Cuba - History



Cuba was originally inhabited by about 50,000 Ciboney and Taíno, agricultural Amerindians related to the Arawak peoples, who died from disease and maltreatment soon after the Spanish arrived. Christopher Columbus made the European discovery of Cuba in 1492 on his first voyage to the Americas. The African slave trade began about 1523 as the Amerindian population declined, and grew thereafter, especially with the development of coffee and sugar on the island. During the early colonial years, Cuba served primarily as an embarkation point for such explorers as Hernán Cortés and Hernando de Soto. As treasure began to flow out of Mexico, Havana became a last port of call and a target for French and English pirates. In 1762, the English captured Havana, holding Cuba for almost a year. It was ceded to Spain in exchange for Florida territory in the Treaty of Paris (1763). Spanish rule was harsh, and intermittent rebellions over the next century all ended in failure.

Cuba's first important independence movement came in 1868, when Carlos Manuel de Céspedes, a wealthy planter, freed his slaves and called for a revolution against Spain. For the next 10 years, guerrillas (mambises), mainly in eastern Cuba, fought in vain against the Spanish colonial government and army. Although eventually subdued, Céspedes is nevertheless viewed as the father of Cuban independence. A second hero was added in the 1890s when poet and journalist José Martí founded the Cuban Revolutionary Party during exile in the United States. The call to arms (Grito de Baire) on 24 February 1895 initiated a new war. After landing with a group of recruits gathered throughout the region, Martí was killed at Dos Ríos, in eastern Cuba. The Spanish had the insurrection under control within a year.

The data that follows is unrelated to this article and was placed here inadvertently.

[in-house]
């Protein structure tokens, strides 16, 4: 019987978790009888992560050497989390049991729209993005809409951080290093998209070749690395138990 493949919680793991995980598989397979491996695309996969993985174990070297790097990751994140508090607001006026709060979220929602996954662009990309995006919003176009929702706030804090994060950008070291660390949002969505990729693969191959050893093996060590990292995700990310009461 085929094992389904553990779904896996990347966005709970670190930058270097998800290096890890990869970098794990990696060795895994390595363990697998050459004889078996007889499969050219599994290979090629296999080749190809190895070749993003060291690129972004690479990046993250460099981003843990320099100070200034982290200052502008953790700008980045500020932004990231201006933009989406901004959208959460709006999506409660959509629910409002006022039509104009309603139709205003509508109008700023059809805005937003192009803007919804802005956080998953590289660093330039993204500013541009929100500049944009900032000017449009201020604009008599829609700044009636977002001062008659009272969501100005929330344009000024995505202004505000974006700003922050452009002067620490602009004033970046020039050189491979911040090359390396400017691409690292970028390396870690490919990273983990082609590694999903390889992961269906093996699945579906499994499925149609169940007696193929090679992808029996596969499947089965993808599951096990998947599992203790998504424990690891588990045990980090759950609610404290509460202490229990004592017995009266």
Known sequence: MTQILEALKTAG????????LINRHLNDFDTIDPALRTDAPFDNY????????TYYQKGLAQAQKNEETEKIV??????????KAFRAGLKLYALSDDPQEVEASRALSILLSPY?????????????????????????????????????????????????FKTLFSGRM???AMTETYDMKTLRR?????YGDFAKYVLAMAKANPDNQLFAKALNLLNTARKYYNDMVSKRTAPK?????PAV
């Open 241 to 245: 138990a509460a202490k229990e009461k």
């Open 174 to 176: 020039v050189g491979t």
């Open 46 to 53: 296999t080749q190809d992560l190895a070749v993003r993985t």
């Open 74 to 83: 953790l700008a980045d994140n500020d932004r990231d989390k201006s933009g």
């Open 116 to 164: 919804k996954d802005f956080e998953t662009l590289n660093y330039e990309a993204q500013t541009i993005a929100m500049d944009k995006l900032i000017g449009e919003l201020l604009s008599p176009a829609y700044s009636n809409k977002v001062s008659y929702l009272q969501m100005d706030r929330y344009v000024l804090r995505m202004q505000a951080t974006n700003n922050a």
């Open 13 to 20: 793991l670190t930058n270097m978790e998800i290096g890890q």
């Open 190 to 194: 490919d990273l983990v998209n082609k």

In the end, the Cubans had to rely on the United States to defeat the Spanish. Anti-Spanish sentiment, fueled by US newspapers, erupted after the battleship Maine mysteriously blew up in Havana harbor on 15 February 1898. The United States declared war on Spain on 25 April, and in a few months, the Spanish-American War was over. The Treaty of Paris (10 December 1898), established Cuban independence. During the interim period 1899–1902, the US army occupied Cuba. It instituted a program that brought about the eradication of yellow fever, but it was more fundamentally concerned with the establishment of US political and commercial dominance over the island.

On 21 February 1901, a constitution was adopted, and Cuba was nominally a free nation. But the United States insisted that Cuba include in its constitution the Platt Amendment, which gave the United States the right to intervene in Cuban affairs and maintain a naval base at Guantánamo.

For the next 30 years, Cuba lived through a succession of governments, constitutional and otherwise, all under the watchful eye of the United States. American companies owned or controlled about half of Cuba's cultivated land, its utilities and mines, and other natural resources. The US Marines intervened in 1906–9, in 1912, and again in 1920. The period culminated in the brutal dictatorship of Gerardo Machado y Morales (1925–33).